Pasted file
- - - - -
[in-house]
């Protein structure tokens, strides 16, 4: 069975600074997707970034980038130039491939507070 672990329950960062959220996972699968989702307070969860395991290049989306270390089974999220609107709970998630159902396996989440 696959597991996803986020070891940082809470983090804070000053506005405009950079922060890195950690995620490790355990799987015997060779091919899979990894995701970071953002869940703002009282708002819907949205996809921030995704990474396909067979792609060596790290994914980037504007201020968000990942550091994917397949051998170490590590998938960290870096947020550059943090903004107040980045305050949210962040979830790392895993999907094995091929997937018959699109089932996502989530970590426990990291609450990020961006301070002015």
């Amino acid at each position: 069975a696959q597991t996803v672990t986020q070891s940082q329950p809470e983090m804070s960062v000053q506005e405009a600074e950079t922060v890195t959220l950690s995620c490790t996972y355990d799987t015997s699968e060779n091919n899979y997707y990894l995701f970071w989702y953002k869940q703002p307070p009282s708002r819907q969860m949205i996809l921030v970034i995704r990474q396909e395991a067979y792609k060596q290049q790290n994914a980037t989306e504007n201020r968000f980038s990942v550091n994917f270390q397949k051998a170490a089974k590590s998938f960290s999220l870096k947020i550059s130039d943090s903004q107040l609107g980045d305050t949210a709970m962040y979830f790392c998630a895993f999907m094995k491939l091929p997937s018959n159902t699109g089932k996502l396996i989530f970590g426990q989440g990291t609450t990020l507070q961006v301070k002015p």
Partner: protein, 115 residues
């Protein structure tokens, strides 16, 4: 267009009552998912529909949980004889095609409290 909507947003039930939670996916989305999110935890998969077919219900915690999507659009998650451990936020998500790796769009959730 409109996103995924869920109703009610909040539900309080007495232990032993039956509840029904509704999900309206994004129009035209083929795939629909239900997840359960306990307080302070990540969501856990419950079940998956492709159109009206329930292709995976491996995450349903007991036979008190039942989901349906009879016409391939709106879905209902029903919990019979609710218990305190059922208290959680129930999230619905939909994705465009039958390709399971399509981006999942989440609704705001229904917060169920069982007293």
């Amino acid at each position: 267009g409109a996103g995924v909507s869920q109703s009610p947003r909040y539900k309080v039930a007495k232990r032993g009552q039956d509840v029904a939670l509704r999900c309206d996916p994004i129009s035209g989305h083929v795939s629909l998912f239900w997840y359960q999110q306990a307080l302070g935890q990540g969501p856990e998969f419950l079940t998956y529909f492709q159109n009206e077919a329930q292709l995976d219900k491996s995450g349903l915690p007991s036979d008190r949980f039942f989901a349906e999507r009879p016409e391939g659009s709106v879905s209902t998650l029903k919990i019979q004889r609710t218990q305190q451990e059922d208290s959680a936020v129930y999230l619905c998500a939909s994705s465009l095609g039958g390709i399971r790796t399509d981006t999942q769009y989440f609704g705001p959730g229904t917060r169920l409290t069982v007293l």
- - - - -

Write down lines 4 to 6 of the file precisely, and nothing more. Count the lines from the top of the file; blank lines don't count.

Partner: protein, 115 residues
């Protein structure tokens, strides 16, 4: 267009009552998912529909949980004889095609409290 909507947003039930939670996916989305999110935890998969077919219900915690999507659009998650451990936020998500790796769009959730 409109996103995924869920109703009610909040539900309080007495232990032993039956509840029904509704999900309206994004129009035209083929795939629909239900997840359960306990307080302070990540969501856990419950079940998956492709159109009206329930292709995976491996995450349903007991036979008190039942989901349906009879016409391939709106879905209902029903919990019979609710218990305190059922208290959680129930999230619905939909994705465009039958390709399971399509981006999942989440609704705001229904917060169920069982007293």
């Amino acid at each position: 267009g409109a996103g995924v909507s869920q109703s009610p947003r909040y539900k309080v039930a007495k232990r032993g009552q039956d509840v029904a939670l509704r999900c309206d996916p994004i129009s035209g989305h083929v795939s629909l998912f239900w997840y359960q999110q306990a307080l302070g935890q990540g969501p856990e998969f419950l079940t998956y529909f492709q159109n009206e077919a329930q292709l995976d219900k491996s995450g349903l915690p007991s036979d008190r949980f039942f989901a349906e999507r009879p016409e391939g659009s709106v879905s209902t998650l029903k919990i019979q004889r609710t218990q305190q451990e059922d208290s959680a936020v129930y999230l619905c998500a939909s994705s465009l095609g039958g390709i399971r790796t399509d981006t999942q769009y989440f609704g705001p959730g229904t917060r169920l409290t069982v007293l």